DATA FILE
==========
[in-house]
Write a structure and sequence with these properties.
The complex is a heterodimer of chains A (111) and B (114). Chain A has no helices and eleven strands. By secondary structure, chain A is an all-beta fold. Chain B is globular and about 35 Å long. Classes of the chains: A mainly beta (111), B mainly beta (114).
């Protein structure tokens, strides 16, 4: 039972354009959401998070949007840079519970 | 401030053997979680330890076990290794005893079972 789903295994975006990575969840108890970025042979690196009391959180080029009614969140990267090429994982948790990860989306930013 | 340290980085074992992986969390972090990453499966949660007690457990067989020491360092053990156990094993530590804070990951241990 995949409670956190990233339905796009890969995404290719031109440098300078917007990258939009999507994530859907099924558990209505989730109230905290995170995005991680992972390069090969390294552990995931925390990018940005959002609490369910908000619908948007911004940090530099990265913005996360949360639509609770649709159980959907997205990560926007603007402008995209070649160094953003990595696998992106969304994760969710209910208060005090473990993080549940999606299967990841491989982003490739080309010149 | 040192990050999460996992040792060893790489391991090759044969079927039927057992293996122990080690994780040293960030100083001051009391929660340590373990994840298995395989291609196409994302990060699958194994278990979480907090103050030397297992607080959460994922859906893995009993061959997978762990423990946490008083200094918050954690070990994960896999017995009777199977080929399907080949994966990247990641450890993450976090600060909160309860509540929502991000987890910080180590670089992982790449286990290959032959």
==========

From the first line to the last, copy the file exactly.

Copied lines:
[in-house]
Write a structure and sequence with these properties.
The complex is a heterodimer of chains A (111) and B (114). Chain A has no helices and eleven strands. By secondary structure, chain A is an all-beta fold. Chain B is globular and about 35 Å long. Classes of the chains: A mainly beta (111), B mainly beta (114).
């Protein structure tokens, strides 16, 4: 039972354009959401998070949007840079519970 | 401030053997979680330890076990290794005893079972 789903295994975006990575969840108890970025042979690196009391959180080029009614969140990267090429994982948790990860989306930013 | 340290980085074992992986969390972090990453499966949660007690457990067989020491360092053990156990094993530590804070990951241990 995949409670956190990233339905796009890969995404290719031109440098300078917007990258939009999507994530859907099924558990209505989730109230905290995170995005991680992972390069090969390294552990995931925390990018940005959002609490369910908000619908948007911004940090530099990265913005996360949360639509609770649709159980959907997205990560926007603007402008995209070649160094953003990595696998992106969304994760969710209910208060005090473990993080549940999606299967990841491989982003490739080309010149 | 040192990050999460996992040792060893790489391991090759044969079927039927057992293996122990080690994780040293960030100083001051009391929660340590373990994840298995395989291609196409994302990060699958194994278990979480907090103050030397297992607080959460994922859906893995009993061959997978762990423990946490008083200094918050954690070990994960896999017995009777199977080929399907080949994966990247990641450890993450976090600060909160309860509540929502991000987890910080180590670089992982790449286990290959032959």